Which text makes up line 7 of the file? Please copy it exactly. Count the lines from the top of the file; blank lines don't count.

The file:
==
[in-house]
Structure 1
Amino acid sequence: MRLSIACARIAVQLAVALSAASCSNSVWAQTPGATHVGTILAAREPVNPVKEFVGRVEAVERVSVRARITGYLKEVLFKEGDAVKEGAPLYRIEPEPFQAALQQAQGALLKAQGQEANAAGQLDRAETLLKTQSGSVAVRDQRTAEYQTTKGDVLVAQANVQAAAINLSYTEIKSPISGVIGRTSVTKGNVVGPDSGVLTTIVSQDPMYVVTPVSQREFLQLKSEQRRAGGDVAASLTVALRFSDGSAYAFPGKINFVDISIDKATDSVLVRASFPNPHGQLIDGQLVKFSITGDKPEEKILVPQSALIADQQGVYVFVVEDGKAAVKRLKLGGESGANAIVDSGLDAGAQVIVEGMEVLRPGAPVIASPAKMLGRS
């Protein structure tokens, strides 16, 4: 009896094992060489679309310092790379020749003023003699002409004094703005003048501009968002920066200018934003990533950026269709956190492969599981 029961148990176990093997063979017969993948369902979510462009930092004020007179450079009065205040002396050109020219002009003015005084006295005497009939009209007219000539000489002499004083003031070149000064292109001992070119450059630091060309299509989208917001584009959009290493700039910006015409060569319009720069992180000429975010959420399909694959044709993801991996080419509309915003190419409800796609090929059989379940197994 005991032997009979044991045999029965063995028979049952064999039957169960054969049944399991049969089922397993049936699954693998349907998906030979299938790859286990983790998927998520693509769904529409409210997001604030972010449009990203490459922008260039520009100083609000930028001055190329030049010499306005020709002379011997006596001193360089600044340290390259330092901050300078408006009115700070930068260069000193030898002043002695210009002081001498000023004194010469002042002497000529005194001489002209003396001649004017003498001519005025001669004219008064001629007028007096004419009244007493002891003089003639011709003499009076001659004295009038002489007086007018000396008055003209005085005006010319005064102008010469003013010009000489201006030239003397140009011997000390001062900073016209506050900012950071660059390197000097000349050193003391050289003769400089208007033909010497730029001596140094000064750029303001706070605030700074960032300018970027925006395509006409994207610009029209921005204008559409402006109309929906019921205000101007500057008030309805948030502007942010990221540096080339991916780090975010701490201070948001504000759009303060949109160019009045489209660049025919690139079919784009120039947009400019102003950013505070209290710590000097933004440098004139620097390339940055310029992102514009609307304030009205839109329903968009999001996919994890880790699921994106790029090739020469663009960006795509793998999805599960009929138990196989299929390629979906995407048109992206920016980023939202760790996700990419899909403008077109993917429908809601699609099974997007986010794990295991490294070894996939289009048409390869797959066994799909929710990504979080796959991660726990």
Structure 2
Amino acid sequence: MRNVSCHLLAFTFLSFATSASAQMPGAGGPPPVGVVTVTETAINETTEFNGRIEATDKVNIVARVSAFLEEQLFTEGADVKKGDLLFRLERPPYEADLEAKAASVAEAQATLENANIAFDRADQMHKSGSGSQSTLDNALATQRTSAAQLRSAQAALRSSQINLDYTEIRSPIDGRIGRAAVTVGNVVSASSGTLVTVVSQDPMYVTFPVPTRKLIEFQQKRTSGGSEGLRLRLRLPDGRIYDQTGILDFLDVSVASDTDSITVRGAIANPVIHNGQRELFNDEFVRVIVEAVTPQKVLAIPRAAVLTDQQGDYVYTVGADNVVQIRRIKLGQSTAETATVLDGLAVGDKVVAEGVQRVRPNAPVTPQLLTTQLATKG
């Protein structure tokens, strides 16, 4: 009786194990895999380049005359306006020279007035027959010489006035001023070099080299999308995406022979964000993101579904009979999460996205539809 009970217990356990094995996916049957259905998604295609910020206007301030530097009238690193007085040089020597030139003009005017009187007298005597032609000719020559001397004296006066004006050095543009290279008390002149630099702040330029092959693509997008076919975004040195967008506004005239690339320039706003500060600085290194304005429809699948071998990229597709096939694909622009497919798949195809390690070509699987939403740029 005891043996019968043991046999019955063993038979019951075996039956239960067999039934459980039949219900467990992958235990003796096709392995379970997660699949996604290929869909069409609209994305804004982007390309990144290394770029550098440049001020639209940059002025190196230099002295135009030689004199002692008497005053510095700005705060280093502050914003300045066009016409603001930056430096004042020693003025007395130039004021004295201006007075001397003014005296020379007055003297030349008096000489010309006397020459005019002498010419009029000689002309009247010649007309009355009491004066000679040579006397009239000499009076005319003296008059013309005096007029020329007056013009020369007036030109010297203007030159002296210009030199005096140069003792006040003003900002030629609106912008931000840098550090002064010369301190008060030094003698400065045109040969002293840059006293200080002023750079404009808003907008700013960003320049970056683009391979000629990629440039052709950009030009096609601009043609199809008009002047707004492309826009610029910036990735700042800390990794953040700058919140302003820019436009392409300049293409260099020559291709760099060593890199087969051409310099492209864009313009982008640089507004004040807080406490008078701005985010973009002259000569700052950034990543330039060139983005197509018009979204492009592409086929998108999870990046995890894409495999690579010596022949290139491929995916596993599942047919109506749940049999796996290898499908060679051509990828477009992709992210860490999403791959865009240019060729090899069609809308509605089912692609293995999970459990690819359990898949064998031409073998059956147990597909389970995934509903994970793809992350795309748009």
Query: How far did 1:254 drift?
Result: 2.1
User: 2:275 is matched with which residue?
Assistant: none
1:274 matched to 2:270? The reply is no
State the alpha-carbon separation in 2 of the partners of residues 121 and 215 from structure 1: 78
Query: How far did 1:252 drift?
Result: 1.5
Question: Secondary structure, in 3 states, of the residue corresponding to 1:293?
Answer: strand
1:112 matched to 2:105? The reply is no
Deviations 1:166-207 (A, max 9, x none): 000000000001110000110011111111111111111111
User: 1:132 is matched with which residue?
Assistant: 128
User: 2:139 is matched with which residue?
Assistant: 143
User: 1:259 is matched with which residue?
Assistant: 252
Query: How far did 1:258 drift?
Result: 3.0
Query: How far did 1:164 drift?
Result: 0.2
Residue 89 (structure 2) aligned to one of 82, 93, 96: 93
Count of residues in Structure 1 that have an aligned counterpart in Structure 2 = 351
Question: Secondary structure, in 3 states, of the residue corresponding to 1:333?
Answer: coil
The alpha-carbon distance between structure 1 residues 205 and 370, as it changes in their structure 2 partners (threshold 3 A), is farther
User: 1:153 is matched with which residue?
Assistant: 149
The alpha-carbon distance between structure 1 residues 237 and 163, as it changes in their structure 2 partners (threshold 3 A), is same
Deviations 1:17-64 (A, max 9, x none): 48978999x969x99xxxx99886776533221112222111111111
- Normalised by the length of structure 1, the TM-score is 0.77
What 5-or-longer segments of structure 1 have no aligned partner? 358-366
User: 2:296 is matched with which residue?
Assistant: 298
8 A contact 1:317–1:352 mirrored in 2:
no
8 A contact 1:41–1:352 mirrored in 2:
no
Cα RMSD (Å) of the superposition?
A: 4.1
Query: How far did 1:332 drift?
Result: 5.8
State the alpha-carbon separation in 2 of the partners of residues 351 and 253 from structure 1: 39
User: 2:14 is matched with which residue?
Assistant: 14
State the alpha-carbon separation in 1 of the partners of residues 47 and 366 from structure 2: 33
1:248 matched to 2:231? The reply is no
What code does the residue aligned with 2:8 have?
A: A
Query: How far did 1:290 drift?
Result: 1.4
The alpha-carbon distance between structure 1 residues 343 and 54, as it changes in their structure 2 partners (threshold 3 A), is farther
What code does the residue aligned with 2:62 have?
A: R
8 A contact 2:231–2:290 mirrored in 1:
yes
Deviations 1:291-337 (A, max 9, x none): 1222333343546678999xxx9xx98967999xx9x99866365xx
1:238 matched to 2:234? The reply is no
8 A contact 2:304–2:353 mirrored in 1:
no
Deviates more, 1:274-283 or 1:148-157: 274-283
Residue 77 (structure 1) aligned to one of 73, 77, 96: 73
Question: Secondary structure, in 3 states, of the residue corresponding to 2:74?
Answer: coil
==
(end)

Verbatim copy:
């Protein structure tokens, strides 16, 4: 009786194990895999380049005359306006020279007035027959010489006035001023070099080299999308995406022979964000993101579904009979999460996205539809 009970217990356990094995996916049957259905998604295609910020206007301030530097009238690193007085040089020597030139003009005017009187007298005597032609000719020559001397004296006066004006050095543009290279008390002149630099702040330029092959693509997008076919975004040195967008506004005239690339320039706003500060600085290194304005429809699948071998990229597709096939694909622009497919798949195809390690070509699987939403740029 005891043996019968043991046999019955063993038979019951075996039956239960067999039934459980039949219900467990992958235990003796096709392995379970997660699949996604290929869909069409609209994305804004982007390309990144290394770029550098440049001020639209940059002025190196230099002295135009030689004199002692008497005053510095700005705060280093502050914003300045066009016409603001930056430096004042020693003025007395130039004021004295201006007075001397003014005296020379007055003297030349008096000489010309006397020459005019002498010419009029000689002309009247010649007309009355009491004066000679040579006397009239000499009076005319003296008059013309005096007029020329007056013009020369007036030109010297203007030159002296210009030199005096140069003792006040003003900002030629609106912008931000840098550090002064010369301190008060030094003698400065045109040969002293840059006293200080002023750079404009808003907008700013960003320049970056683009391979000629990629440039052709950009030009096609601009043609199809008009002047707004492309826009610029910036990735700042800390990794953040700058919140302003820019436009392409300049293409260099020559291709760099060593890199087969051409310099492209864009313009982008640089507004004040807080406490008078701005985010973009002259000569700052950034990543330039060139983005197509018009979204492009592409086929998108999870990046995890894409495999690579010596022949290139491929995916596993599942047919109506749940049999796996290898499908060679051509990828477009992709992210860490999403791959865009240019060729090899069609809308509605089912692609293995999970459990690819359990898949064998031409073998059956147990597909389970995934509903994970793809992350795309748009």